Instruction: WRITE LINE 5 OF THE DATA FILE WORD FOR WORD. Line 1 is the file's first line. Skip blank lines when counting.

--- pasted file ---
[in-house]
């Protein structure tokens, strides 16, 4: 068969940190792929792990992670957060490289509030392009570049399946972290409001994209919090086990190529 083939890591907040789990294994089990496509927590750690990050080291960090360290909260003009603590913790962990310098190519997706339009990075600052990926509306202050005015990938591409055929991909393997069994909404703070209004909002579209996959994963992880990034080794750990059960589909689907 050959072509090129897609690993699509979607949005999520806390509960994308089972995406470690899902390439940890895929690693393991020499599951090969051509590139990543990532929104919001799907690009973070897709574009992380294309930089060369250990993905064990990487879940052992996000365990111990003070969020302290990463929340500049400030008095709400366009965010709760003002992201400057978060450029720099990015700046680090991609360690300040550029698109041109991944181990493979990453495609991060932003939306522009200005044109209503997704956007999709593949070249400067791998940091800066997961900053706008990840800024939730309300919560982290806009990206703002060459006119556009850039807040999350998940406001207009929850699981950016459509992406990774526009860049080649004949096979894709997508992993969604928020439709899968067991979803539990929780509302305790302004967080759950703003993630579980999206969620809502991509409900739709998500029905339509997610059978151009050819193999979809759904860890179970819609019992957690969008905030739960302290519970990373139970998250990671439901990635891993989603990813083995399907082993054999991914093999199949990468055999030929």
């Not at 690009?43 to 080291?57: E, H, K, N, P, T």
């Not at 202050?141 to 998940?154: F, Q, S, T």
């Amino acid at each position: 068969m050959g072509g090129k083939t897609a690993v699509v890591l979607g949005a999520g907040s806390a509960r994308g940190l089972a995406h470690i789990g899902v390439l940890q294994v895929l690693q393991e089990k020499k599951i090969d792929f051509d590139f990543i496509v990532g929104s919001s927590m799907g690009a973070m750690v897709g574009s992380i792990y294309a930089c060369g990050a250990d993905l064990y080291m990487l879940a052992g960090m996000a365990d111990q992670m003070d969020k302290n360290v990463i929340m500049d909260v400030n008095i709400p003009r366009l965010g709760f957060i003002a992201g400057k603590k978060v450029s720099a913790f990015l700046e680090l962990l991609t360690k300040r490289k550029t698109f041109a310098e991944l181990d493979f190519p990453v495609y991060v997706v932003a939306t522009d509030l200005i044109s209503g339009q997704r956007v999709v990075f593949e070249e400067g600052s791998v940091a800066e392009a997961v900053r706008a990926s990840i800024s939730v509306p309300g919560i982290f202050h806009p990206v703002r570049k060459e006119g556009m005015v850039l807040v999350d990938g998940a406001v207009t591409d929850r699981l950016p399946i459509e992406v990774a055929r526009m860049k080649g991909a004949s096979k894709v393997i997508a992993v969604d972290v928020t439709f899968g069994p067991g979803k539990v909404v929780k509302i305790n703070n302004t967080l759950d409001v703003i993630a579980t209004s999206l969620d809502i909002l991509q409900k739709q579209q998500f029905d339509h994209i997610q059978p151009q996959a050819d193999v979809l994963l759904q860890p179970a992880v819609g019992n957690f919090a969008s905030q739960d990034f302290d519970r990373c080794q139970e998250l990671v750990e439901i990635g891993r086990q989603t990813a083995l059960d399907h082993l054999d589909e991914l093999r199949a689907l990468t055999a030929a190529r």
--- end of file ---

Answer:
């Amino acid at each position: 068969m050959g072509g090129k083939t897609a690993v699509v890591l979607g949005a999520g907040s806390a509960r994308g940190l089972a995406h470690i789990g899902v390439l940890q294994v895929l690693q393991e089990k020499k599951i090969d792929f051509d590139f990543i496509v990532g929104s919001s927590m799907g690009a973070m750690v897709g574009s992380i792990y294309a930089c060369g990050a250990d993905l064990y080291m990487l879940a052992g960090m996000a365990d111990q992670m003070d969020k302290n360290v990463i929340m500049d909260v400030n008095i709400p003009r366009l965010g709760f957060i003002a992201g400057k603590k978060v450029s720099a913790f990015l700046e680090l962990l991609t360690k300040r490289k550029t698109f041109a310098e991944l181990d493979f190519p990453v495609y991060v997706v932003a939306t522009d509030l200005i044109s209503g339009q997704r956007v999709v990075f593949e070249e400067g600052s791998v940091a800066e392009a997961v900053r706008a990926s990840i800024s939730v509306p309300g919560i982290f202050h806009p990206v703002r570049k060459e006119g556009m005015v850039l807040v999350d990938g998940a406001v207009t591409d929850r699981l950016p399946i459509e992406v990774a055929r526009m860049k080649g991909a004949s096979k894709v393997i997508a992993v969604d972290v928020t439709f899968g069994p067991g979803k539990v909404v929780k509302i305790n703070n302004t967080l759950d409001v703003i993630a579980t209004s999206l969620d809502i909002l991509q409900k739709q579209q998500f029905d339509h994209i997610q059978p151009q996959a050819d193999v979809l994963l759904q860890p179970a992880v819609g019992n957690f919090a969008s905030q739960d990034f302290d519970r990373c080794q139970e998250l990671v750990e439901i990635g891993r086990q989603t990813a083995l059960d399907h082993l054999d589909e991914l093999r199949a689907l990468t055999a030929a190529r």